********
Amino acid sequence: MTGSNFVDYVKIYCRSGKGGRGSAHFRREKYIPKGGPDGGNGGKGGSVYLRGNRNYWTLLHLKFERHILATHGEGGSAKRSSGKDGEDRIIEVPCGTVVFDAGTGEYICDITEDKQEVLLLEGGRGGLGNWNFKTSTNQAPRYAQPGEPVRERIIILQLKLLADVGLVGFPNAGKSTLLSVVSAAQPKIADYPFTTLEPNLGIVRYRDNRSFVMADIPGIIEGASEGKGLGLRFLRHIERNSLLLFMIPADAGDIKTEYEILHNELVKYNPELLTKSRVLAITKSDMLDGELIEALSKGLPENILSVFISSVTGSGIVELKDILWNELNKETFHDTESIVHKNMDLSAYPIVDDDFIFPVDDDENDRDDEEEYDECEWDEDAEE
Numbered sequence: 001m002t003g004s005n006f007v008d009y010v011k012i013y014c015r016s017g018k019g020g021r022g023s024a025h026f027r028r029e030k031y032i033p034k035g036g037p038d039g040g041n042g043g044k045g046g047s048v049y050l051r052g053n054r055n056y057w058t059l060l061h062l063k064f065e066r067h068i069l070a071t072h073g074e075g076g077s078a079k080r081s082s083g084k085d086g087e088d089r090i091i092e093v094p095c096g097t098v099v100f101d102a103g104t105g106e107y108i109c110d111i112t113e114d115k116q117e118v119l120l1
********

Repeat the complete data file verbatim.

Amino acid sequence: MTGSNFVDYVKIYCRSGKGGRGSAHFRREKYIPKGGPDGGNGGKGGSVYLRGNRNYWTLLHLKFERHILATHGEGGSAKRSSGKDGEDRIIEVPCGTVVFDAGTGEYICDITEDKQEVLLLEGGRGGLGNWNFKTSTNQAPRYAQPGEPVRERIIILQLKLLADVGLVGFPNAGKSTLLSVVSAAQPKIADYPFTTLEPNLGIVRYRDNRSFVMADIPGIIEGASEGKGLGLRFLRHIERNSLLLFMIPADAGDIKTEYEILHNELVKYNPELLTKSRVLAITKSDMLDGELIEALSKGLPENILSVFISSVTGSGIVELKDILWNELNKETFHDTESIVHKNMDLSAYPIVDDDFIFPVDDDENDRDDEEEYDECEWDEDAEE
Numbered sequence: 001m002t003g004s005n006f007v008d009y010v011k012i013y014c015r016s017g018k019g020g021r022g023s024a025h026f027r028r029e030k031y032i033p034k035g036g037p038d039g040g041n042g043g044k045g046g047s048v049y050l051r052g053n054r055n056y057w058t059l060l061h062l063k064f065e066r067h068i069l070a071t072h073g074e075g076g077s078a079k080r081s082s083g084k085d086g087e088d089r090i091i092e093v094p095c096g097t098v099v100f101d102a103g104t105g106e107y108i109c110d111i112t113e114d115k116q117e118v119l120l1